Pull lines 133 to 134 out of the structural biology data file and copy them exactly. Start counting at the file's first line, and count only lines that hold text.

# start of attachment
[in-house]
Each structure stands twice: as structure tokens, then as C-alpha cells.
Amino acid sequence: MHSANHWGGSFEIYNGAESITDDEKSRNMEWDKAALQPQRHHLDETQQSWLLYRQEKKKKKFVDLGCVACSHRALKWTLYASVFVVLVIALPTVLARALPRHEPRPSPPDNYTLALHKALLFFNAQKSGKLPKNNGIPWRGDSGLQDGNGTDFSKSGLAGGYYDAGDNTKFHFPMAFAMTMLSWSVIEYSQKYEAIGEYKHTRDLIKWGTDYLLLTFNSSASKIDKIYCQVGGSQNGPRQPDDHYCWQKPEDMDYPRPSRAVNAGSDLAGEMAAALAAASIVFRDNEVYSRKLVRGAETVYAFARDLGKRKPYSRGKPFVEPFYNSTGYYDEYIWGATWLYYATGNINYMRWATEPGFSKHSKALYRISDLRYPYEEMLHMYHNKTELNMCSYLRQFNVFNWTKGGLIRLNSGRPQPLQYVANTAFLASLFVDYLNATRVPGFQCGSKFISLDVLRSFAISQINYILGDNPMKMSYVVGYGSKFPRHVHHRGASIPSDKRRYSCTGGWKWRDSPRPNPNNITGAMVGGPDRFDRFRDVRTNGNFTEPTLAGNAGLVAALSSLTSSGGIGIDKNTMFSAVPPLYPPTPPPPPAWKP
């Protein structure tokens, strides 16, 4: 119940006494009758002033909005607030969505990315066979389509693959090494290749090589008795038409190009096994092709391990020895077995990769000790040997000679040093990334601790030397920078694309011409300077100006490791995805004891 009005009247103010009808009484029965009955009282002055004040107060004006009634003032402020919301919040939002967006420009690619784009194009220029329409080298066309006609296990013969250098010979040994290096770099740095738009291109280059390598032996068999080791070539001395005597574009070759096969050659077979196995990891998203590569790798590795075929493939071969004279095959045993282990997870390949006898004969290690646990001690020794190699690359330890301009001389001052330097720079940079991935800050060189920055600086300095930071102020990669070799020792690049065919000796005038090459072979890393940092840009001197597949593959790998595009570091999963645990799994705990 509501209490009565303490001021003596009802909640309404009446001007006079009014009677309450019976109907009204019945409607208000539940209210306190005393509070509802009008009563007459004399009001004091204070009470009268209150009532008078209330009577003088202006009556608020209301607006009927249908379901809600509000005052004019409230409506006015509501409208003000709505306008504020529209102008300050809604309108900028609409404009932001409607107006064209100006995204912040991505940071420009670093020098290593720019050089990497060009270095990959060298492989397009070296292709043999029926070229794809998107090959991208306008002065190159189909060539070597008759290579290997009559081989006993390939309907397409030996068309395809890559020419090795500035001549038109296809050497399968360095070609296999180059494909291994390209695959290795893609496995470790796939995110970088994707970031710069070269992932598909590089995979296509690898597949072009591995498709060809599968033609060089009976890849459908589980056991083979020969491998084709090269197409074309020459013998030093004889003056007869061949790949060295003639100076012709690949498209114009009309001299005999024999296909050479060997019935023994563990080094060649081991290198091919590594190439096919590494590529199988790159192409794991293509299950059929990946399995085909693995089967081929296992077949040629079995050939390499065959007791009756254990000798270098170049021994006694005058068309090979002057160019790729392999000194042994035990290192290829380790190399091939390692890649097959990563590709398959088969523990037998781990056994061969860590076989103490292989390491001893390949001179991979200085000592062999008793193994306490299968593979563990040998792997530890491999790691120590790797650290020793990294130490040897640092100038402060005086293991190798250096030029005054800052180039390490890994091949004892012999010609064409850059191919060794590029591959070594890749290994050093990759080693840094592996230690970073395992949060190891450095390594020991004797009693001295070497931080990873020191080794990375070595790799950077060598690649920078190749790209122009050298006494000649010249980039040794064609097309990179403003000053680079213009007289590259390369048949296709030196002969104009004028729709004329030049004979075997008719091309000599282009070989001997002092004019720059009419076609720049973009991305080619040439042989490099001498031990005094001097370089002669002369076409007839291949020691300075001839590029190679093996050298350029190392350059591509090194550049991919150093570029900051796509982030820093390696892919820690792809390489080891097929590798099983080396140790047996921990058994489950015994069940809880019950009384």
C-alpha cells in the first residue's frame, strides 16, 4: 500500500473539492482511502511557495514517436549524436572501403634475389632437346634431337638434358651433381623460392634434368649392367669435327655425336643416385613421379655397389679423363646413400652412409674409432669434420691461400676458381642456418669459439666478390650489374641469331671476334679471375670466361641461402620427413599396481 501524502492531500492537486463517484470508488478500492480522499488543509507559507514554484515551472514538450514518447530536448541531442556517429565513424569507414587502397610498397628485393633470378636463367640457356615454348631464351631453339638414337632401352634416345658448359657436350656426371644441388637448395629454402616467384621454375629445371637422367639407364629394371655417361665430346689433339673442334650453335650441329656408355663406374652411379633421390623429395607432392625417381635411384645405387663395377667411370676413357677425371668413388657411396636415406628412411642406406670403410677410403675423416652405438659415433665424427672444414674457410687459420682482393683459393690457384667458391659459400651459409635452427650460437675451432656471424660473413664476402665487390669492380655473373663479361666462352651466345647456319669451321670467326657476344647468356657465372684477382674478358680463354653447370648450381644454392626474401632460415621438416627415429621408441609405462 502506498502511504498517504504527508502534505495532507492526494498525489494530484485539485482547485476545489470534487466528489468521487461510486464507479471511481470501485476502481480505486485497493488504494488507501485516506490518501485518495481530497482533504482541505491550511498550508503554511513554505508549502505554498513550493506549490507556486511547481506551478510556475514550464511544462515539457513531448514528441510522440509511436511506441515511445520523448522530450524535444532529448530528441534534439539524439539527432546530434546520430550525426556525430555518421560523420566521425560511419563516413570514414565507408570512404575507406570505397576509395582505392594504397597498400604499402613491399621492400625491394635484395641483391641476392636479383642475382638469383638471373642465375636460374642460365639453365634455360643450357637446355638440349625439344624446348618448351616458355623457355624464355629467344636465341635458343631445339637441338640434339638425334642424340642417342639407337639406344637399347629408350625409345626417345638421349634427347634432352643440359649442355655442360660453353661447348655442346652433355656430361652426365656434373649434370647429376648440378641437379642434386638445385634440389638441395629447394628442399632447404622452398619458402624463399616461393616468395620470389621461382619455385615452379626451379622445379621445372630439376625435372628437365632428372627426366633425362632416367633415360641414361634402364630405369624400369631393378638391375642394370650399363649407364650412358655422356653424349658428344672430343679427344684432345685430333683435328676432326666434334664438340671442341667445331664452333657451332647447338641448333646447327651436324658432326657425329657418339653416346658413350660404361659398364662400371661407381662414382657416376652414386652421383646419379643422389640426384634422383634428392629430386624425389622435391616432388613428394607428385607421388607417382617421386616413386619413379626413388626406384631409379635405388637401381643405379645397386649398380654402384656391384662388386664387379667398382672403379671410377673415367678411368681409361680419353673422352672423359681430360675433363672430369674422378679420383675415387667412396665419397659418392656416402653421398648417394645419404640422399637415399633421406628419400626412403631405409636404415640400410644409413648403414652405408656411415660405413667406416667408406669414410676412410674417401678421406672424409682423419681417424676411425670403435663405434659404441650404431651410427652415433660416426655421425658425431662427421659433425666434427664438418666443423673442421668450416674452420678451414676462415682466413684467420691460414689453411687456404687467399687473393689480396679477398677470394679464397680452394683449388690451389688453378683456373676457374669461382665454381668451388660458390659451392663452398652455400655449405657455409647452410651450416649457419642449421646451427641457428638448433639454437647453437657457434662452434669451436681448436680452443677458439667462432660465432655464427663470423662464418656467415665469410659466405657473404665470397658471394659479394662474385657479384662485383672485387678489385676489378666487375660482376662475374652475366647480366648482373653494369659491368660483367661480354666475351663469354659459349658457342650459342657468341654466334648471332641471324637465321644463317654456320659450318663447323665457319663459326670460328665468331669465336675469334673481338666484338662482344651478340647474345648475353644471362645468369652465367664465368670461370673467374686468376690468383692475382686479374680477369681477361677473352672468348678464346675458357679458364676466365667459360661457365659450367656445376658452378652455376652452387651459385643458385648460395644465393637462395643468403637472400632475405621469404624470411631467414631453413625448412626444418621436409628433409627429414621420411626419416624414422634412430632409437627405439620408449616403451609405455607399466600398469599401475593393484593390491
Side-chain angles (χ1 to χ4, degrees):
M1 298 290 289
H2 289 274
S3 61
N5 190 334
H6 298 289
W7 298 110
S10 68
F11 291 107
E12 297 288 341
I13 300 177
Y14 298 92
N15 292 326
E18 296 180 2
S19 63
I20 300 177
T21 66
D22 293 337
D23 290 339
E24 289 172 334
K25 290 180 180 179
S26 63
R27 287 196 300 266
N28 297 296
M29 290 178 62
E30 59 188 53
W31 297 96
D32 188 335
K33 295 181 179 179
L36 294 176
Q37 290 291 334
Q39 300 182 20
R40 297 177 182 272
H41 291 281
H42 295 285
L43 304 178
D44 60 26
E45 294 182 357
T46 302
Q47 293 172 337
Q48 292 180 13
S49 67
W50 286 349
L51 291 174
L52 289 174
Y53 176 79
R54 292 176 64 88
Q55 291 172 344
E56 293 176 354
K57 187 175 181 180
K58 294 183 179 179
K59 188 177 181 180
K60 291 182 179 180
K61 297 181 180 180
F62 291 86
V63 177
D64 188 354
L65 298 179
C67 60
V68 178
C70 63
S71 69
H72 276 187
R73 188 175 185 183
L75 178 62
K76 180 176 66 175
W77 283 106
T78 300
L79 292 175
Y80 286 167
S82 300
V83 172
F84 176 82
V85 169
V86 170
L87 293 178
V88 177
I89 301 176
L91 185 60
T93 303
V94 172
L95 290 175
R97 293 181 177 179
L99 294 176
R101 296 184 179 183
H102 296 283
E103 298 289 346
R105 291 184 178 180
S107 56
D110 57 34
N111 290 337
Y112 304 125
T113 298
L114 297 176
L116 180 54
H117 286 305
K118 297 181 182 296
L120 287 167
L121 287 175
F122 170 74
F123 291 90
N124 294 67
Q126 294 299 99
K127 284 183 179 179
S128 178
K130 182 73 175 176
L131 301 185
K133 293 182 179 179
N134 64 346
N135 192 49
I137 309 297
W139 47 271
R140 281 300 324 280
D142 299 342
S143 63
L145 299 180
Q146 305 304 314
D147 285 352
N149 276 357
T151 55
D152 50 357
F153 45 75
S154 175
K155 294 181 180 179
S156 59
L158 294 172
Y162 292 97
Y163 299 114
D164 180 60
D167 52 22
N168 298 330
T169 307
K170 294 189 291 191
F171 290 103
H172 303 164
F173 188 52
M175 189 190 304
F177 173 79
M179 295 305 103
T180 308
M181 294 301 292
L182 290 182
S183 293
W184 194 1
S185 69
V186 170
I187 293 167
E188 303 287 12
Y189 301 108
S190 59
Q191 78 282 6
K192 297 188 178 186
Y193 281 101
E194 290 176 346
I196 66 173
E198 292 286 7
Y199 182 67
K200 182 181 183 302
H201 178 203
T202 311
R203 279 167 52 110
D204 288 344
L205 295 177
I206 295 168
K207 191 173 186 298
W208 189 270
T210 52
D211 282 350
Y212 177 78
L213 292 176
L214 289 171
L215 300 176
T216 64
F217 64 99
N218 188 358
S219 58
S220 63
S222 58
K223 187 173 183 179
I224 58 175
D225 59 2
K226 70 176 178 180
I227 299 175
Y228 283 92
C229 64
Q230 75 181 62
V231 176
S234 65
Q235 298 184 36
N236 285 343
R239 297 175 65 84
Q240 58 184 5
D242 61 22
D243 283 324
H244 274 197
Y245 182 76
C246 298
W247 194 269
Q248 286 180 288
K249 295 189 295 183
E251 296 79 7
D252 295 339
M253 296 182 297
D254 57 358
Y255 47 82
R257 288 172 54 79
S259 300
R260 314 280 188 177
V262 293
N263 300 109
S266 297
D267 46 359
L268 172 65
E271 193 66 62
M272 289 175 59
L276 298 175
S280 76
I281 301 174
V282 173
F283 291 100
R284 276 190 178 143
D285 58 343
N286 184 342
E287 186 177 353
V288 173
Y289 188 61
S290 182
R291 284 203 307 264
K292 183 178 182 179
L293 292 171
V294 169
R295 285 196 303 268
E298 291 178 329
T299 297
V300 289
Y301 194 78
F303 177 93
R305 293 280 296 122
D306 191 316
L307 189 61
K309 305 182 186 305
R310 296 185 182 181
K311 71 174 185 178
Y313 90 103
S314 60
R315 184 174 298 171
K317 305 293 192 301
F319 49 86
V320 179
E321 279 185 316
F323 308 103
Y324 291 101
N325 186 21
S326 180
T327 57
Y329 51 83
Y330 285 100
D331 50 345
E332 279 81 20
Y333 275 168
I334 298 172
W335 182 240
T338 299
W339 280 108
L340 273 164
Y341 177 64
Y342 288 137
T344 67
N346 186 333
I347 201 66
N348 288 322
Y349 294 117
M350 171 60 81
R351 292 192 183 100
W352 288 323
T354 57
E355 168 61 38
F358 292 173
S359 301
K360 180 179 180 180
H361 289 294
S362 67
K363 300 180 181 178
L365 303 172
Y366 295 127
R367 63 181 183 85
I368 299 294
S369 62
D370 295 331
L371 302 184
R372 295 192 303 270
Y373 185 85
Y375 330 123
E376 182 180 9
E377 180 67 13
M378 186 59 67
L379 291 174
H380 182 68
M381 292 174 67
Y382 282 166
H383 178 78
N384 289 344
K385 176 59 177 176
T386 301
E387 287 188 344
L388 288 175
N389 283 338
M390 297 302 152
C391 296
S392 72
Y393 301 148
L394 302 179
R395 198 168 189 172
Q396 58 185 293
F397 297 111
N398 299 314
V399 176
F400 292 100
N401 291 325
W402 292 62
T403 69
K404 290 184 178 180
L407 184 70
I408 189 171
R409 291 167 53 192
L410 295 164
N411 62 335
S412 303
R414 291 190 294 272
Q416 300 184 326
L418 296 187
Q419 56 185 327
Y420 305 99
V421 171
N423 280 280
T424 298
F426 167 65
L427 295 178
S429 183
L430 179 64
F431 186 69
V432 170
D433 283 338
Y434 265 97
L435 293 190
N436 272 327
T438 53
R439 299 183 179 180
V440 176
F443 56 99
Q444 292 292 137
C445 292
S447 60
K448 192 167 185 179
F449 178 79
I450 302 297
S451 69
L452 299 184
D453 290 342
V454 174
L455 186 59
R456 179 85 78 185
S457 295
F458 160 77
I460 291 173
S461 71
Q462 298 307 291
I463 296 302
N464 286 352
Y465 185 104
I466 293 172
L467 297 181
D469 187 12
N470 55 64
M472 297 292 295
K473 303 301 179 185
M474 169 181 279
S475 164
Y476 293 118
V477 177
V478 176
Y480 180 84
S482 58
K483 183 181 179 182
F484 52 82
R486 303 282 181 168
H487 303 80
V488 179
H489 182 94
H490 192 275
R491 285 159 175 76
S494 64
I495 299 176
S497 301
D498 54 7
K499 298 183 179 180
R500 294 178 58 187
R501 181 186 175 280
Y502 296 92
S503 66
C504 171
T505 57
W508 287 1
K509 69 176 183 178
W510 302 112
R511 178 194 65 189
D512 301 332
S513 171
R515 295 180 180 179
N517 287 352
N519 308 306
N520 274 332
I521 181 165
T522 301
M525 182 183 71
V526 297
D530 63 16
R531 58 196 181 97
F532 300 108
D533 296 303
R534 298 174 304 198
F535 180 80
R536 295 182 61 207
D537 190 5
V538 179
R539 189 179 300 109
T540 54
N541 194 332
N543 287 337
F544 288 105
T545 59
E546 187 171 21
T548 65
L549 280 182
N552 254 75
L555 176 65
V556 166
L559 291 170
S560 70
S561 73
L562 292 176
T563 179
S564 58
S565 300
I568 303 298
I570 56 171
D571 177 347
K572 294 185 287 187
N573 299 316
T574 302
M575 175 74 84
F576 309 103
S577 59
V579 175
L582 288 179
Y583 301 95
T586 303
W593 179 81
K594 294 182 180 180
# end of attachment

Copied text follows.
Y163 299 114
D164 180 60